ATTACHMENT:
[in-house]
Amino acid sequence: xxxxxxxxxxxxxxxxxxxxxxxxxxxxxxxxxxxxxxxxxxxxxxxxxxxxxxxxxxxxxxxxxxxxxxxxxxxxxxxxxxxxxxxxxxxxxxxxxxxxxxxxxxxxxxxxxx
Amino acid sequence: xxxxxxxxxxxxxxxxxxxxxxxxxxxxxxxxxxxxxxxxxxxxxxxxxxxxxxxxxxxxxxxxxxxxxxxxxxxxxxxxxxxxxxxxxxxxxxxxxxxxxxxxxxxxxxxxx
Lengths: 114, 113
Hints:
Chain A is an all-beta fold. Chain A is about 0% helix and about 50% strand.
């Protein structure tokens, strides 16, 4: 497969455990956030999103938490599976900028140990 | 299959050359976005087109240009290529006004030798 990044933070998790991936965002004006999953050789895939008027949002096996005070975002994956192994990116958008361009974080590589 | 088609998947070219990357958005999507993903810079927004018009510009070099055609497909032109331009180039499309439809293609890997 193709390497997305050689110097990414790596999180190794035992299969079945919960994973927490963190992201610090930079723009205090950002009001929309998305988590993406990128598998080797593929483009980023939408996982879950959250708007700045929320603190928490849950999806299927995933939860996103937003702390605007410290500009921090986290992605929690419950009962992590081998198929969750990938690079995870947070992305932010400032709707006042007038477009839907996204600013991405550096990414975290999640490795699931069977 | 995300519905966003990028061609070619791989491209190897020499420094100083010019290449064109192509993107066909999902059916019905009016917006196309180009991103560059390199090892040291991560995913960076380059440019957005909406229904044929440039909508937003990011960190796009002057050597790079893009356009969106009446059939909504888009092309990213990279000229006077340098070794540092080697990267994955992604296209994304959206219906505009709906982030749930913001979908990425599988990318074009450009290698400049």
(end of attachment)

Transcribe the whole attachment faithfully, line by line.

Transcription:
[in-house]
Amino acid sequence: xxxxxxxxxxxxxxxxxxxxxxxxxxxxxxxxxxxxxxxxxxxxxxxxxxxxxxxxxxxxxxxxxxxxxxxxxxxxxxxxxxxxxxxxxxxxxxxxxxxxxxxxxxxxxxxxxx
Amino acid sequence: xxxxxxxxxxxxxxxxxxxxxxxxxxxxxxxxxxxxxxxxxxxxxxxxxxxxxxxxxxxxxxxxxxxxxxxxxxxxxxxxxxxxxxxxxxxxxxxxxxxxxxxxxxxxxxxxx
Lengths: 114, 113
Hints:
Chain A is an all-beta fold. Chain A is about 0% helix and about 50% strand.
């Protein structure tokens, strides 16, 4: 497969455990956030999103938490599976900028140990 | 299959050359976005087109240009290529006004030798 990044933070998790991936965002004006999953050789895939008027949002096996005070975002994956192994990116958008361009974080590589 | 088609998947070219990357958005999507993903810079927004018009510009070099055609497909032109331009180039499309439809293609890997 193709390497997305050689110097990414790596999180190794035992299969079945919960994973927490963190992201610090930079723009205090950002009001929309998305988590993406990128598998080797593929483009980023939408996982879950959250708007700045929320603190928490849950999806299927995933939860996103937003702390605007410290500009921090986290992605929690419950009962992590081998198929969750990938690079995870947070992305932010400032709707006042007038477009839907996204600013991405550096990414975290999640490795699931069977 | 995300519905966003990028061609070619791989491209190897020499420094100083010019290449064109192509993107066909999902059916019905009016917006196309180009991103560059390199090892040291991560995913960076380059440019957005909406229904044929440039909508937003990011960190796009002057050597790079893009356009969106009446059939909504888009092309990213990279000229006077340098070794540092080697990267994955992604296209994304959206219906505009709906982030749930913001979908990425599988990318074009450009290698400049």